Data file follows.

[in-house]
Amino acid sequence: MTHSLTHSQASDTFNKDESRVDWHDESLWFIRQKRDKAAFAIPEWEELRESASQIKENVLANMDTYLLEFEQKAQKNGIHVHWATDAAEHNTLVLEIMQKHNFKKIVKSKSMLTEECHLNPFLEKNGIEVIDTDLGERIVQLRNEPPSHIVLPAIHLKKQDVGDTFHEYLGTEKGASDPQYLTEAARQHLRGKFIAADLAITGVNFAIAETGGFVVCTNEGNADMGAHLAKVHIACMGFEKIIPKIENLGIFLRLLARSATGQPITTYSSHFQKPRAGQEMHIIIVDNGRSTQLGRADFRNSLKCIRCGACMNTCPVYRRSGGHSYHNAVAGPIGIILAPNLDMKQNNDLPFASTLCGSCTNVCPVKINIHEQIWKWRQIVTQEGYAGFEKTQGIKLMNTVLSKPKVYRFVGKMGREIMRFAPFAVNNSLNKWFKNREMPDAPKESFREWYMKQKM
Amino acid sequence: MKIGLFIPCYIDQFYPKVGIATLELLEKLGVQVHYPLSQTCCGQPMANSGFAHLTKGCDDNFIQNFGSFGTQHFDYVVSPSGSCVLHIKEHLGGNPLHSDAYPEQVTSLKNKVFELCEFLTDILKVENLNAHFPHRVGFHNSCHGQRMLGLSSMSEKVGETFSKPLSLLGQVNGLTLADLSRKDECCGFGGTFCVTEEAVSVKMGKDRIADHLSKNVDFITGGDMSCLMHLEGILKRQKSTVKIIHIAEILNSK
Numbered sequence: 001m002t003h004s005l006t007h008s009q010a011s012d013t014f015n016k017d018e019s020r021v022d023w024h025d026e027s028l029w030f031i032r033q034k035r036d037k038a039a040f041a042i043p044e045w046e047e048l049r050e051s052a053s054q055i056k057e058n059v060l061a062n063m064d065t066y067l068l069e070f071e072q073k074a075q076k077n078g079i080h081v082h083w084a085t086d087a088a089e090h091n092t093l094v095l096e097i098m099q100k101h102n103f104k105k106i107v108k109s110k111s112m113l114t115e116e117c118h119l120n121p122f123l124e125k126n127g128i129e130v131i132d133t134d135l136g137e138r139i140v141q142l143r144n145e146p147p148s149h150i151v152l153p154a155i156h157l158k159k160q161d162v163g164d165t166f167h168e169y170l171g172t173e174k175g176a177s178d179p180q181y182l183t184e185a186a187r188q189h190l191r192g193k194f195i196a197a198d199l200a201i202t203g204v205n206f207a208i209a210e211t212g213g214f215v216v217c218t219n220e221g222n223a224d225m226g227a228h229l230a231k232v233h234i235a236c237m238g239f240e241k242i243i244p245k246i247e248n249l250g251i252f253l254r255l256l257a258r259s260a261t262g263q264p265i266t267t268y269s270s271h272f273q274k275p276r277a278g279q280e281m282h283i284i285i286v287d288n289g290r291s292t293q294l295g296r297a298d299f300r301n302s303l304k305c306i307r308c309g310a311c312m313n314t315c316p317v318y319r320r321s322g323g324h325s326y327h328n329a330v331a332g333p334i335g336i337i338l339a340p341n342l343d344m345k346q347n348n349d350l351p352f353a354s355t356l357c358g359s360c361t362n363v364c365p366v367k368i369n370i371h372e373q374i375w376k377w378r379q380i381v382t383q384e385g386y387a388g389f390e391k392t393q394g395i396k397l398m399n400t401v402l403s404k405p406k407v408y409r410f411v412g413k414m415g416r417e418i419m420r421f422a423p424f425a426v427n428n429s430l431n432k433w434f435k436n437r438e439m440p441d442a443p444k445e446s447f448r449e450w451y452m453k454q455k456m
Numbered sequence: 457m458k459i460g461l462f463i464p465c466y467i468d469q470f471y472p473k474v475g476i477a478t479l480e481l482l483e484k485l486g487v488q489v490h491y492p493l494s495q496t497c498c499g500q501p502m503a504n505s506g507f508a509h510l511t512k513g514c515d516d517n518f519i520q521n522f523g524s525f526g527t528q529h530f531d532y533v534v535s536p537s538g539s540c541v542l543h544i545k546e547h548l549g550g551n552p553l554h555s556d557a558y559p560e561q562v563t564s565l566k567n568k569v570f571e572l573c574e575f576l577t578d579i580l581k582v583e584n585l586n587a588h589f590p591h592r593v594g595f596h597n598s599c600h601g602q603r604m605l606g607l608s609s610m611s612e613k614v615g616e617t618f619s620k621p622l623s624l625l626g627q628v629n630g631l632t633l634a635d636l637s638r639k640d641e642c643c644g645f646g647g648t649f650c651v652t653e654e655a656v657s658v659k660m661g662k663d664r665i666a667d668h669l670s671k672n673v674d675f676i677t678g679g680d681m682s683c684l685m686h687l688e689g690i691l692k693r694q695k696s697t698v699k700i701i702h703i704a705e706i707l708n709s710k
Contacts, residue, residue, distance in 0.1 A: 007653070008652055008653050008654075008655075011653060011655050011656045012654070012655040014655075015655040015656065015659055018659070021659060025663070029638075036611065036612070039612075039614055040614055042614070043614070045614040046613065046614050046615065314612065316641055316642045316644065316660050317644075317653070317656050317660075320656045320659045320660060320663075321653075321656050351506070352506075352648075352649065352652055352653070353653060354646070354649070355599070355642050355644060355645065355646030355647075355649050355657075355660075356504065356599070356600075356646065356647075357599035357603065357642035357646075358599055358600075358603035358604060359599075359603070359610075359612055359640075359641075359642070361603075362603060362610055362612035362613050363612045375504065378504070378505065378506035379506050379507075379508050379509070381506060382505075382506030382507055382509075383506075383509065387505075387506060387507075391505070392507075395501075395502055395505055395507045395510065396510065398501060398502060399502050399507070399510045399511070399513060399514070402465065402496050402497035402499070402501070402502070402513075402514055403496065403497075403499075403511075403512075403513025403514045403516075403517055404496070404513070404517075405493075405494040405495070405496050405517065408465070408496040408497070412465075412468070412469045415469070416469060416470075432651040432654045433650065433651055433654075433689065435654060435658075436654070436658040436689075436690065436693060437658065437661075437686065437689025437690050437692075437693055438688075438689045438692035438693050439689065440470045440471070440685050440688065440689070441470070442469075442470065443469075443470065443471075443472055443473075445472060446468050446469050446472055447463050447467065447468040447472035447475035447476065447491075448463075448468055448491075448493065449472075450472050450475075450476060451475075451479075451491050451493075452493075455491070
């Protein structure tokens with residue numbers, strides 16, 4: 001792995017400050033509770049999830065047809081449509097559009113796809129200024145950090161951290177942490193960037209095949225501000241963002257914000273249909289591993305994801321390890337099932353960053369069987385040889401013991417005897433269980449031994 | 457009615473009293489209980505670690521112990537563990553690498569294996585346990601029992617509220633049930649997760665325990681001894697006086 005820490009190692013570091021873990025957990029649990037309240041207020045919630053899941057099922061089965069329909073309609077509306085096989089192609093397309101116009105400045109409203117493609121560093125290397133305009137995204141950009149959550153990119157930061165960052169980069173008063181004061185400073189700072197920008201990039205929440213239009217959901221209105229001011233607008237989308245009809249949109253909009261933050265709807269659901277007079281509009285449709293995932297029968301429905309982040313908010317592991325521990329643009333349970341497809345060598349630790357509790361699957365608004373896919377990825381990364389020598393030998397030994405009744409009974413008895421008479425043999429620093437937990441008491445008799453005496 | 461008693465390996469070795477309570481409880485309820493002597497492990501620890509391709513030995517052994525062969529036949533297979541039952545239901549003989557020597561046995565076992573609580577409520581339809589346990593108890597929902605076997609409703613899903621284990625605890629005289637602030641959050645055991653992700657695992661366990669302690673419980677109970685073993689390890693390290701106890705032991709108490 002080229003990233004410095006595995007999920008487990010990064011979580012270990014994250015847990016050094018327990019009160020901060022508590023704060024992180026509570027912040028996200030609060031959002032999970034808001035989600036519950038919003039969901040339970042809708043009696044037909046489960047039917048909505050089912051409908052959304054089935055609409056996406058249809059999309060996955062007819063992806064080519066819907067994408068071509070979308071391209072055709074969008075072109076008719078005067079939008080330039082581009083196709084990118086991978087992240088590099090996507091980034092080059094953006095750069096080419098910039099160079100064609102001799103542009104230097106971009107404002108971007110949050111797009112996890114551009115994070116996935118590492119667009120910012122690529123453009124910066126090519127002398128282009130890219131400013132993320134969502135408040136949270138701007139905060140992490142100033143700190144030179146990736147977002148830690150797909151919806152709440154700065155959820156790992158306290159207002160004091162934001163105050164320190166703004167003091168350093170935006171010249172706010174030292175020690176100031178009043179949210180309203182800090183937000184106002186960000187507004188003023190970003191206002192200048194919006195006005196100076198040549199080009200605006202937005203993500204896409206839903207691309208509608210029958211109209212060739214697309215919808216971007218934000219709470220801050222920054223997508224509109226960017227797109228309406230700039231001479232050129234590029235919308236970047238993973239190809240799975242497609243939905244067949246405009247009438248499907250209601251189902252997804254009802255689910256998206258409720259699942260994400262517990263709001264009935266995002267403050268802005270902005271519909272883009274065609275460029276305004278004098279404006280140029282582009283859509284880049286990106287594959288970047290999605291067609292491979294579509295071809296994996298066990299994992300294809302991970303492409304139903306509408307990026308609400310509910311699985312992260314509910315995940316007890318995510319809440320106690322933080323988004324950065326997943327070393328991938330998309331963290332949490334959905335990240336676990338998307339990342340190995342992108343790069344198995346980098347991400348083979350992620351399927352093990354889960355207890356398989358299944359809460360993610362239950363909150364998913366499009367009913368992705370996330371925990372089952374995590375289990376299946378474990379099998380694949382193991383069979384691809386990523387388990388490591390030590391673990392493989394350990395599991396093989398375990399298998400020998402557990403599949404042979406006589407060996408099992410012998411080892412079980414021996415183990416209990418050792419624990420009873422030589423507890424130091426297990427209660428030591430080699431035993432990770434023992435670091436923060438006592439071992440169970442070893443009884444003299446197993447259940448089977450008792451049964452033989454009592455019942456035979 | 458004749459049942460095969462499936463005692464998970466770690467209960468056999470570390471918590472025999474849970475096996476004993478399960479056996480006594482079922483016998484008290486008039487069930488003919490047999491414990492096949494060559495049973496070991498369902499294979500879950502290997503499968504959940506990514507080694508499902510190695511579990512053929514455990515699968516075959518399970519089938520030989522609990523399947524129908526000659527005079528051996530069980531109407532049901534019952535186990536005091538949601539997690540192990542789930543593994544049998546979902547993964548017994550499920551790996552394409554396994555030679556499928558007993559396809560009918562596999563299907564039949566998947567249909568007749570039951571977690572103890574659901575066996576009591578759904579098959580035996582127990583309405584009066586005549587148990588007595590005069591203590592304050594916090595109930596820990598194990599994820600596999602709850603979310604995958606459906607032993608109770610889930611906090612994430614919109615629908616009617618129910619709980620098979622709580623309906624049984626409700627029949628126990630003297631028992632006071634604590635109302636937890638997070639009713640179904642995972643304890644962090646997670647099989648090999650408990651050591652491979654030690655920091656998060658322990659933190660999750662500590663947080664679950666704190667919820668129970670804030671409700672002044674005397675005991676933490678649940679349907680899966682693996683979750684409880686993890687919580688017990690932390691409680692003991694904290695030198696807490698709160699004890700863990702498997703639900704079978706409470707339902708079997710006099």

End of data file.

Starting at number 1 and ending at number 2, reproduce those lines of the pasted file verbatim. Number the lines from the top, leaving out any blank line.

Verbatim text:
[in-house]
Amino acid sequence: MTHSLTHSQASDTFNKDESRVDWHDESLWFIRQKRDKAAFAIPEWEELRESASQIKENVLANMDTYLLEFEQKAQKNGIHVHWATDAAEHNTLVLEIMQKHNFKKIVKSKSMLTEECHLNPFLEKNGIEVIDTDLGERIVQLRNEPPSHIVLPAIHLKKQDVGDTFHEYLGTEKGASDPQYLTEAARQHLRGKFIAADLAITGVNFAIAETGGFVVCTNEGNADMGAHLAKVHIACMGFEKIIPKIENLGIFLRLLARSATGQPITTYSSHFQKPRAGQEMHIIIVDNGRSTQLGRADFRNSLKCIRCGACMNTCPVYRRSGGHSYHNAVAGPIGIILAPNLDMKQNNDLPFASTLCGSCTNVCPVKINIHEQIWKWRQIVTQEGYAGFEKTQGIKLMNTVLSKPKVYRFVGKMGREIMRFAPFAVNNSLNKWFKNREMPDAPKESFREWYMKQKM